The name was chosen as an acronym of sorts, based on a 1967 poem titled All Watched Over By Machines of Loving Grace by Richard Brautigan, which proposed a future ecology in which computers and natural organisms coexist, wit the potentiality for either utopian bliss or dystopian discord. Fans of documentarian Adam Curtis will also notice that the director and producer also borrowed the poem’s name for his three-part TV series, which suggests that the way humans see everything in the world today is through the eyes of the computers they built.
AWO works as a data rights law and consulting agency, and according to Accept & Proceed its identity looks to exemplify the brand’s “mission to support innovation and the responsible use of data.” The name’s reference to Brautigan’s poem aims to underscore AWO’s drive to “defend and extend human rights” through a combination of data, technology, law and policy.
“What power knows and what power wants to do with what it knows is a defining issue of our time,” says Sharp. “Brautigan’s poem perfectly embodies the complexity of AWO’s mission, capturing both the positive and negative manner data rights can be seen and used.”
Accept & Proceed created AWO’s name, visual identity, brand guidelines, designs for the website and social channels as well as numerous other designs for the brand’s offline, physical presence. A vital aspect of the look and feel is its typography, which was made front and centre in a bid to create a balance of trust and forward-thinking, digital modernity. This was achieved by using two somewhat contrasting fonts: Baskerville, which is often associated with formal applications such as with traditional law firms; and Univers, a font very much aligned with the world of code and digital spheres. The type is placed on “simple yet striking neutral backgrounds,” says Accept & Proceed.
The logo for AWO is centred around the negative space between the individual letters of its acronym. “The logo mimics redaction, demonstrating the agency’s commitment to the responsible use of data,” says Accept & Proceed.
The AWO brand ads and posters play with the phrase “data rights”, which Sharp says we often hear, “but it’s quite dry, and none of us really stop to consider what it means, beyond not having our details shared online.”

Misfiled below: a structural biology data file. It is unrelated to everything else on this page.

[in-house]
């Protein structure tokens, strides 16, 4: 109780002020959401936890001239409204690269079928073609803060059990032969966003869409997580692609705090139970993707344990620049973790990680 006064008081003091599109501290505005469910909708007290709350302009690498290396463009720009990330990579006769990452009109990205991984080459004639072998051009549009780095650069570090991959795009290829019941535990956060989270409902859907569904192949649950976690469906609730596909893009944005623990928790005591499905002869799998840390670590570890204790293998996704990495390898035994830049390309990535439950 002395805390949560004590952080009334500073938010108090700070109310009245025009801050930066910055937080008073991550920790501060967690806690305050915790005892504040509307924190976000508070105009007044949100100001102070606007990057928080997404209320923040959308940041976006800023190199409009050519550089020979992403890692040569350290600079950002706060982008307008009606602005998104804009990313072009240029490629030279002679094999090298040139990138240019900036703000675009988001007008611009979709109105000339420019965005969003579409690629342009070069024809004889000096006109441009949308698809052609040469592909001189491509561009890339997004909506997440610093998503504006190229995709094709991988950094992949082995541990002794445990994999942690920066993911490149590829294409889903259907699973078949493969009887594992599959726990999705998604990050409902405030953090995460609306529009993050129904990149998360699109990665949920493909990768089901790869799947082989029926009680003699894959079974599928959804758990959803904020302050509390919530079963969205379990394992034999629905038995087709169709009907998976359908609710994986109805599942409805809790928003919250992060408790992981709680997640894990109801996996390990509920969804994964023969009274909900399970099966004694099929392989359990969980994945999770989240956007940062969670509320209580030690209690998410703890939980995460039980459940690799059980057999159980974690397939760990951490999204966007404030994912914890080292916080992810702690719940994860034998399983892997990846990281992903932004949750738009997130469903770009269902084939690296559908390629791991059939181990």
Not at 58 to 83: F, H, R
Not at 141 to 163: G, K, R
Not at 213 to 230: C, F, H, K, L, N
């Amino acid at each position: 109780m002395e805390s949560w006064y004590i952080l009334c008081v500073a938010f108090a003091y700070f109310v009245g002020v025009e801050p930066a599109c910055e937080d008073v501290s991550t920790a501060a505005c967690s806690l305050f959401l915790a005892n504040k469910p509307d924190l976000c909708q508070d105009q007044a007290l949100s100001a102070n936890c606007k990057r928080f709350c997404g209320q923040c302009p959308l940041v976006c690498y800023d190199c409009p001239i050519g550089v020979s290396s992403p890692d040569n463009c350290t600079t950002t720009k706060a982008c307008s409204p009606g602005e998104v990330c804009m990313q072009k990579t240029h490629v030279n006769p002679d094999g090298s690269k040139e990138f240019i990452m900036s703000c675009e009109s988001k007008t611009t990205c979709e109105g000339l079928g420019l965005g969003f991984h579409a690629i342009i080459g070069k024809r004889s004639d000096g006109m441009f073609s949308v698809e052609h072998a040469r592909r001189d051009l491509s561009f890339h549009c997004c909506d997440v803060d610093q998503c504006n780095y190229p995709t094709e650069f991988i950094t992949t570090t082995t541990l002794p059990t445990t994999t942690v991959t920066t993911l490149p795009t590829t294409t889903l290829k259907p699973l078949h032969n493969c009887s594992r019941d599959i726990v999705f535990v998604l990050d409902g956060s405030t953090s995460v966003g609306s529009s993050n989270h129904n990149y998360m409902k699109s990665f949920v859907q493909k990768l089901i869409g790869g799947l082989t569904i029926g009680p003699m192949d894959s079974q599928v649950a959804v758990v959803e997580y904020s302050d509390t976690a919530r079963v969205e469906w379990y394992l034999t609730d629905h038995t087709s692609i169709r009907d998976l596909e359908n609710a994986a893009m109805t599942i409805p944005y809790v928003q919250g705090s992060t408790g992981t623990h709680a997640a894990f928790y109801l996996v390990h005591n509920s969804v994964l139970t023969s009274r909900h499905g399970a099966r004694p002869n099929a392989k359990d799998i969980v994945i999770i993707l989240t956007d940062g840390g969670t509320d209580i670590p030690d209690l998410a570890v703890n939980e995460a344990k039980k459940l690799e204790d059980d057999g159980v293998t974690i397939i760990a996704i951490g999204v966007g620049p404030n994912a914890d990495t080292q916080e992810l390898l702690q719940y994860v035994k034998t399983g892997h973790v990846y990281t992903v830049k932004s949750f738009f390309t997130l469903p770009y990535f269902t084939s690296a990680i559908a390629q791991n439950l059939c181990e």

The ads take their cues from the origins of the brand name. They’re “a mix of darkly poetic folklorish metaphors about ‘data rights’, and concrete-poetry typography with bits of computer programming stylings,” says Sharp. “We want people to read them and think more about just how protected they feel their personal data is.”
David Johnston, founder and executive creative director of Accept & Proceed, says that the project was influenced by the views of historical radicals such as former Washington Post editor Ben Bradlee and George Orwell, “more specifically their views on power, data and accountability in today’s modern world.” He adds, “By viewing the future through their gazes, we were inspired to create a world centred on privacy; a theme that resonates with us all today.”
“The legal and data worlds are extremely competitive spaces; those that have clear cut traditions required of people and businesses to fit in first before affecting change. One such convention is the use of anagrammed business names, especially within the legal community.”
Tom Sharp said: “The brand ads and posters came about because we were thinking a lot about the phrase ‘data rights’. You hear it often, but it’s quite dry, and none of us really stop to consider what it means, beyond not having our details shared online. Taking a cue from the origins of the brand name, the ads are a mix of darkly poetic folklorish metaphors about ‘data rights’, and concrete-poetry typography with bits of computer programming stylings. We want people to read them and think more about just how protected they feel their personal data is.”